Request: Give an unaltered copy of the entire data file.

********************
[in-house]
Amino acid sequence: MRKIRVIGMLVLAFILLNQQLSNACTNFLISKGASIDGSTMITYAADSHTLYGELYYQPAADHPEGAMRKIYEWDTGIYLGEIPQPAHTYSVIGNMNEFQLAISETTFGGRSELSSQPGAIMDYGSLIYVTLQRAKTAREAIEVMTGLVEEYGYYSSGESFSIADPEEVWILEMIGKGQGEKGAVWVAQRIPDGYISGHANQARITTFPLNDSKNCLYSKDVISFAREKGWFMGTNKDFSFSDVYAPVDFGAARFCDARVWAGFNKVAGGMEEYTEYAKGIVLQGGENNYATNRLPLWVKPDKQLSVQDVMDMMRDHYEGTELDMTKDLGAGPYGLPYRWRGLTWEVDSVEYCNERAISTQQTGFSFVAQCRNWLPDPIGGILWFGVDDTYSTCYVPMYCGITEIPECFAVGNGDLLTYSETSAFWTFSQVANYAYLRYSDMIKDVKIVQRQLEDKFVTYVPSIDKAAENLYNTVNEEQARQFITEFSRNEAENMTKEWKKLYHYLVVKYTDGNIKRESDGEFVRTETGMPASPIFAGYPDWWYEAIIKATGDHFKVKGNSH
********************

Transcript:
[in-house]
Amino acid sequence: MRKIRVIGMLVLAFILLNQQLSNACTNFLISKGASIDGSTMITYAADSHTLYGELYYQPAADHPEGAMRKIYEWDTGIYLGEIPQPAHTYSVIGNMNEFQLAISETTFGGRSELSSQPGAIMDYGSLIYVTLQRAKTAREAIEVMTGLVEEYGYYSSGESFSIADPEEVWILEMIGKGQGEKGAVWVAQRIPDGYISGHANQARITTFPLNDSKNCLYSKDVISFAREKGWFMGTNKDFSFSDVYAPVDFGAARFCDARVWAGFNKVAGGMEEYTEYAKGIVLQGGENNYATNRLPLWVKPDKQLSVQDVMDMMRDHYEGTELDMTKDLGAGPYGLPYRWRGLTWEVDSVEYCNERAISTQQTGFSFVAQCRNWLPDPIGGILWFGVDDTYSTCYVPMYCGITEIPECFAVGNGDLLTYSETSAFWTFSQVANYAYLRYSDMIKDVKIVQRQLEDKFVTYVPSIDKAAENLYNTVNEEQARQFITEFSRNEAENMTKEWKKLYHYLVVKYTDGNIKRESDGEFVRTETGMPASPIFAGYPDWWYEAIIKATGDHFKVKGNSH